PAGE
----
About the Silversmith:
 Boardman Silversmiths of Meriden
Oldest family-owned silver company in the world is located in Connecticut.

By Henry McNulty
CT Business Magazine
September/October 2001


The Miss America Pageant, the U.S. Open tennis tournament, the Super Bowl, the Bob Hope Desert Classic, the Calder Cup – all have gleaming, unique trophies. And all these trophies were made by Boardman Silversmiths, one of the last remaining silver manufacturers in Meriden.

“We’ve always been know for making one-of-a-kind pieces,” said Burton E. Boardman, the company president.

The company’s, and the family’s, roots go deep into American silver and pewter-making. As far back as 1798, Thomas Boardman and his brother, Sherman Boardman, were making silverware in Hartford. As their descendants began to leave home and set up shop elsewhere, the name came to epitomize American silver and pewter.

Timothy Boardman worked in New York City in 1822; the Boardman & Hart and Boardman & Hall companies thrived in New York and Philadelphia, respectively; J. D. Boardman and Henry S. Boardman worked in Hartford in the 19th century. (Another relative, Elijah Boardman, founded the town of Boardman, Ohio.)

In the 19th century, when it was known as “the Silver City of the World,” Meriden was home to dozens of silver manufacturers, many of which united to form International Silver in the 1890s. Now, besides a few silverware repairers, there are only two: Boardman, and Valerio Albarello Inc., which is located on Hanover Street in South Meriden. Employing 20 people, Valerio Albarello makes hollowware and specialty silver goods for Reed & Barton, Tiffany, and other firms. It has been in Meriden since 1978.

The present Boardman Company, which employs between 22 and 35 people depending on the season, was begun in 1985 when Burton Boardman purchased his father’s business, J. C. Boardman & Co., which was located in Wallingford not far from the Oakdale theater.

“The family tradition is that you don’t inherit the business, you buy it,” he explains. “And at the same time, you change the company’s name, if only slightly.”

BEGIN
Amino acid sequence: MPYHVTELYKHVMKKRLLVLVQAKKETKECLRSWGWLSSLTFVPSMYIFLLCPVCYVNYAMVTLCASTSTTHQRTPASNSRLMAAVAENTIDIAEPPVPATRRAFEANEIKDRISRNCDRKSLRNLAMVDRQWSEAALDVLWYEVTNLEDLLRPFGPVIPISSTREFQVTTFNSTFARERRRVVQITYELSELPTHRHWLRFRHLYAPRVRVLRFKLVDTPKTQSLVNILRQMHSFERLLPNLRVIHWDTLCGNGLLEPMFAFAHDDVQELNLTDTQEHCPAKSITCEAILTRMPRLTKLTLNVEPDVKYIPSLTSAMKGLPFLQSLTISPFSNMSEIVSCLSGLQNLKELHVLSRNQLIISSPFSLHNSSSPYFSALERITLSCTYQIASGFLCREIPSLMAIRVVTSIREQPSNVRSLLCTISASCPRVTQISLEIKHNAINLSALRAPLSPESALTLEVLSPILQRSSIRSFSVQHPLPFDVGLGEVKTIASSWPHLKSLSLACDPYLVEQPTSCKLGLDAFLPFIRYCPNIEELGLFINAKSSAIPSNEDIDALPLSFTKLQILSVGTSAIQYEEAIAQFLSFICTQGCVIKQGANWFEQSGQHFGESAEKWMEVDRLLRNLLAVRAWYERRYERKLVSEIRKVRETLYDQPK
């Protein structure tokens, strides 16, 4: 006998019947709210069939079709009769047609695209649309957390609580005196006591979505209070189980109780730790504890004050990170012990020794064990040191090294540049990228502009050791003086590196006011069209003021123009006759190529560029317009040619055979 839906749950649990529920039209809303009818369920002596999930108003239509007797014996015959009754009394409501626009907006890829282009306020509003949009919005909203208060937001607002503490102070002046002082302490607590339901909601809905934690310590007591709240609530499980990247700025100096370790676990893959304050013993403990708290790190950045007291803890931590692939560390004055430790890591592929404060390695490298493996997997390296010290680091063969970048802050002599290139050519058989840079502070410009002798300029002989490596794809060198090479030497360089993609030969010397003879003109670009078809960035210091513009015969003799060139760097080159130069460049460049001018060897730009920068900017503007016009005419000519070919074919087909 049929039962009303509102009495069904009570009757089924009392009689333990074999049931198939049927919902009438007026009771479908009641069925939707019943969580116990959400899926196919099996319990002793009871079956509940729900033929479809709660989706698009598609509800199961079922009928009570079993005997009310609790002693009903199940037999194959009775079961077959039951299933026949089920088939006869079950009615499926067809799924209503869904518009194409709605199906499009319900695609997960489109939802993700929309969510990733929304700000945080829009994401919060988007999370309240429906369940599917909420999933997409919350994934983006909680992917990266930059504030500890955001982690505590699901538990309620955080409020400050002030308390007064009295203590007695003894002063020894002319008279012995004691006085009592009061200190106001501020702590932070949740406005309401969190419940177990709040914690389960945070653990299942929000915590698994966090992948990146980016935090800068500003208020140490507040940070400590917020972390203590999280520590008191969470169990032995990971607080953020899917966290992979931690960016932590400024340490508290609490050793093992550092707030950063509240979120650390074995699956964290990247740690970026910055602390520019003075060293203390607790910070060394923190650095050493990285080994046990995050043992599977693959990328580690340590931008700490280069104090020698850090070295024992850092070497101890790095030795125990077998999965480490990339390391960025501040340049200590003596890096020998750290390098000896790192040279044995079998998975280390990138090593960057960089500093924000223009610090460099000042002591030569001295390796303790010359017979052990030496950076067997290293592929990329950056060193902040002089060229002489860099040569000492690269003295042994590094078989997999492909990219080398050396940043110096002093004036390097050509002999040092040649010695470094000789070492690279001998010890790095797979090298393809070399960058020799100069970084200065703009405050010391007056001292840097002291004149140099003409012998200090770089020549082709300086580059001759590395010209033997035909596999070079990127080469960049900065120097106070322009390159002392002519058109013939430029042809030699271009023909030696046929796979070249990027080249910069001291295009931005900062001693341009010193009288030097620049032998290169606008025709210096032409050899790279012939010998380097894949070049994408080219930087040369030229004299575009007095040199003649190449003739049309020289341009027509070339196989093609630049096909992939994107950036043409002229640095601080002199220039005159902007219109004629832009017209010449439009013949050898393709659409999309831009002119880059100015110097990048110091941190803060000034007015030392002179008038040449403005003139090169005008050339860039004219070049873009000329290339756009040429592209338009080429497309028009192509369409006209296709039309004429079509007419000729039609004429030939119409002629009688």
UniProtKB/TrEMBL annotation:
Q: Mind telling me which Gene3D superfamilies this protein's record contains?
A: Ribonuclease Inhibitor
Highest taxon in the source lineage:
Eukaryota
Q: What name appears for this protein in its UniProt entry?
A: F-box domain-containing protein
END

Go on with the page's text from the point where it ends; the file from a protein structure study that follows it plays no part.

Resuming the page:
Among the items manufactured by J. C. Boardman were the silver bowls that movie star Grace Kelly gave her bridal attendants when she married Prince Rainier of Monaco in 1956.

In 1996, Burton Boardman moved the company to Meriden, where several ancestors had practiced the family trade. “I found that there was room in the old Parker manufacturing Building on Pratt Street,” he says. “The floors here are 16 inches thick, which is perfect for our needs.”

Today, Boardman Silversmiths limits itself to three areas of trade:

  • Sports and pageant trophies, including several NASCAR events, the Liberty Mutual Legends of Golf, tennis, football, the Jockey Gold Cup, the Seagrams Seven Crowns of Sports trophies, and more;

  • High-end corporate pieces, usually retirement gifts and awards for Fortune 500 companies;

  • And a limited line of jewelry for the country’s most exclusive stores. “We go after a fraction of the top 1 percent of the marketplace,” Boardman explains. “It tends to be inflation- and recession- proof, which is not true for the department store trade. No matter what, you’ll always see cars pulling up in front of Tiffany’s.” The New York jeweler is a customer, as are shops in Beverly Hills and other tony communities.

Although the company does make bowls, tankards, and other standard pieces, Boardman says he is most proud of his unique creations. “If someone says to me ‘It can’t be done,’ that piques my interest,” he laughs. And for some of his customers, price is no object. “If someone has the money, and they want a piece that won’t be duplicated anywhere else,” he says, “they come to talk to us.”

With silversmithing roots stretching back to the 18th century, Boardman has one eye on the future, especially since he turned 60 earlier this year. He and his wife have two children; one is an attorney, and the other works for a think tank. Neither, he says, has shown much interest in the silver business.

“But I’ve also got nephews and nieces,” he says. “I’m sure I’ll be able to get some family members involved.”



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